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  • Writer's pictureBushwise Student

Look Up…

This blog about astrology was written by Henlo Lourens. Special topic blogs are written by Bushwise students during their course, and all facts included are based on their research.

Read time: 4 mins

“Keep your eyes on the stars", "we are truly children of the stars", and "look to the stars and from them we learn", are just a few thought-provoking words that demonstrate the beauty and symbolic importance that comes from understanding and learning about these celestial bodies. This blog is about not only the stars, but also the importance of understanding them as a field guide.

Every culture on Earth has at some point looked to the stars for practical information and answers to the biggest of questions. A lot of what was first known is wrapped up in stories and passed down through generations. If we look at the invention of the telescope for example, it can be argued that Galileo's invention was the result of all the questions asked and the astonishing predictions of what the stars mean, where they come from, and the general fascination that comes from the beauty of the night sky.

Learning about the Southern Cross

During the numerous game drives that happened during the winter when the sun set early, we conducted lessons about astronomy and more specifically about the Southern Cross. 

As field guides, it is important that we understand how to use the Southern Cross and constellations alike as not only a way of direction but to also further our understanding and local knowledge of ancestral beliefs and societal influences that come from the speculations and beliefs of others. In doing so, we as field guides can create conversations about these celestial bodies. As well as encourage a new understanding and passion for astronomy. 

I personally enjoy trying to see comets and learning about meteors. It really delights me when I get the opportunity to study the night sky and expand my knowledge about astronomy. I have always been fascinated by conversations about astronomy, and getting to know the different ideas and beliefs around astronomy that have been constructed from the questions asked by people.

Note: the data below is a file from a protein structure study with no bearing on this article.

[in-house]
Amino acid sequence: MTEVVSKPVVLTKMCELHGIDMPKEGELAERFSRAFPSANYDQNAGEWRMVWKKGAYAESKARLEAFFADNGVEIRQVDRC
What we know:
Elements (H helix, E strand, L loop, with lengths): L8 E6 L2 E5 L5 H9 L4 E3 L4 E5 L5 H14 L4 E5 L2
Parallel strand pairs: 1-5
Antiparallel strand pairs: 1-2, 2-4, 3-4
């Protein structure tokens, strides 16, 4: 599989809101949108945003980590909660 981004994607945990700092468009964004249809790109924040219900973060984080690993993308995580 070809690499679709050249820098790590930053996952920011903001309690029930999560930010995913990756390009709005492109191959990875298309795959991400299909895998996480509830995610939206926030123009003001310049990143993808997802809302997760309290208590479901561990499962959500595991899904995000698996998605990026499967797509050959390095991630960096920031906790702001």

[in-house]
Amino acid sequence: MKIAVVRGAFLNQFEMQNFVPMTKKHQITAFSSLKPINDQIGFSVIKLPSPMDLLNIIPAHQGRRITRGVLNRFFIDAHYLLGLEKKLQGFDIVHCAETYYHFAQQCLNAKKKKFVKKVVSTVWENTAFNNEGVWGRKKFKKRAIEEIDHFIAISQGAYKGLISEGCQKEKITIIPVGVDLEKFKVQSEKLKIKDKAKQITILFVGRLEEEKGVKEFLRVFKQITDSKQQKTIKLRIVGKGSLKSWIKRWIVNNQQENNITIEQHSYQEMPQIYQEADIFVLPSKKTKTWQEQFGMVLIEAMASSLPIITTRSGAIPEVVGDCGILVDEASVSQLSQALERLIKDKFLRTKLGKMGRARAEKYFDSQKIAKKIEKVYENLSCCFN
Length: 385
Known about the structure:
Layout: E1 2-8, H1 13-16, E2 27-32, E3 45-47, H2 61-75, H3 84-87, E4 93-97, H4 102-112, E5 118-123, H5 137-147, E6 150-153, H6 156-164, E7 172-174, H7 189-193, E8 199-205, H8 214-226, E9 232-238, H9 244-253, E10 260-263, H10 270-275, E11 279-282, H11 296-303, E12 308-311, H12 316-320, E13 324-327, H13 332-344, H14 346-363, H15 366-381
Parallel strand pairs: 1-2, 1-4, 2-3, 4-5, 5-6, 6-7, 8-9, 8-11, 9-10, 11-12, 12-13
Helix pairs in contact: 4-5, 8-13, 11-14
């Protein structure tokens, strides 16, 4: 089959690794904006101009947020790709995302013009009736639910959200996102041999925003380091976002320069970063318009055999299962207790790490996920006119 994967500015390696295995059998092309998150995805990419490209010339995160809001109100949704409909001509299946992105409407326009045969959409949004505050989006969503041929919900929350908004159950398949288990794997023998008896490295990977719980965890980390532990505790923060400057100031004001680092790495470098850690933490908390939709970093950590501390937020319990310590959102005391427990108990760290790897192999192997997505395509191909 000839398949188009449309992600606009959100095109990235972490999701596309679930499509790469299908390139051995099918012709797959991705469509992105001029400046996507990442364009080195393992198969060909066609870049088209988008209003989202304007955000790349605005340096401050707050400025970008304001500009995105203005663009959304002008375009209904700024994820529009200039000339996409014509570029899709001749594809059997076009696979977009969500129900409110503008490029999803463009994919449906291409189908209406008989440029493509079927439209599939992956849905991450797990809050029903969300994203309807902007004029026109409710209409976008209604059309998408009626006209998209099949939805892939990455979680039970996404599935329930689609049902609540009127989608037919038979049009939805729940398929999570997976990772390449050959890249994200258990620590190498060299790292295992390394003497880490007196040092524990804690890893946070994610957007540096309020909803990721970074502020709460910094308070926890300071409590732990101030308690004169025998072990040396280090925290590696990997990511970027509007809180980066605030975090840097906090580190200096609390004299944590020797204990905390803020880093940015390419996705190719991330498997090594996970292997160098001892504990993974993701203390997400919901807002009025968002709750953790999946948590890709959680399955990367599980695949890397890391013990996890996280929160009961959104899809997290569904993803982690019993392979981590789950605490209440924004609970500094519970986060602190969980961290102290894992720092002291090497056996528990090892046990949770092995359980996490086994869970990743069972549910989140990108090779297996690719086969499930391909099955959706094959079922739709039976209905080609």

Traditional beliefs about the Southern Cross

Within different traditional belief systems, the Southern Cross is more than just a way to find the southern point. The bright stars of the pointers and the Southern Cross were often referred to as a metaphorical group of giraffes by the Zulu, who traditionally believe that giraffes travel across the heavens to keep track of the location of the moon and the stars. 

Among the Venda, these giraffes were known as Thutiwa. In October, the giraffes are believed to be moving above the trees on the evening horizon, reminding people to finish their agricultural objectives of planting crops. 

The Karanga people believe the stars are the eyes of the dead. This gives them great solace in finding hope and trust for their protection.

Experiencing the night sky at Bushwise

During our course, we were able to experience the night sky on numerous occasions. One of my favourites was when we had a sleepout, where we were fully immersed in the environment and nature as a whole. 

I found it particularly calming to look up at the stars and think about the challenges and achievements that I have experienced. I personally found happiness and a feeling of gratitude in having the opportunity to learn about the world we live in and appreciate the togetherness of both having my fellow students and my greatest passion in one place. 

We get to experience so much peace and fulfillment when we take a moment out of their busy life to simply look up. Join us out here to experience it for yourself.



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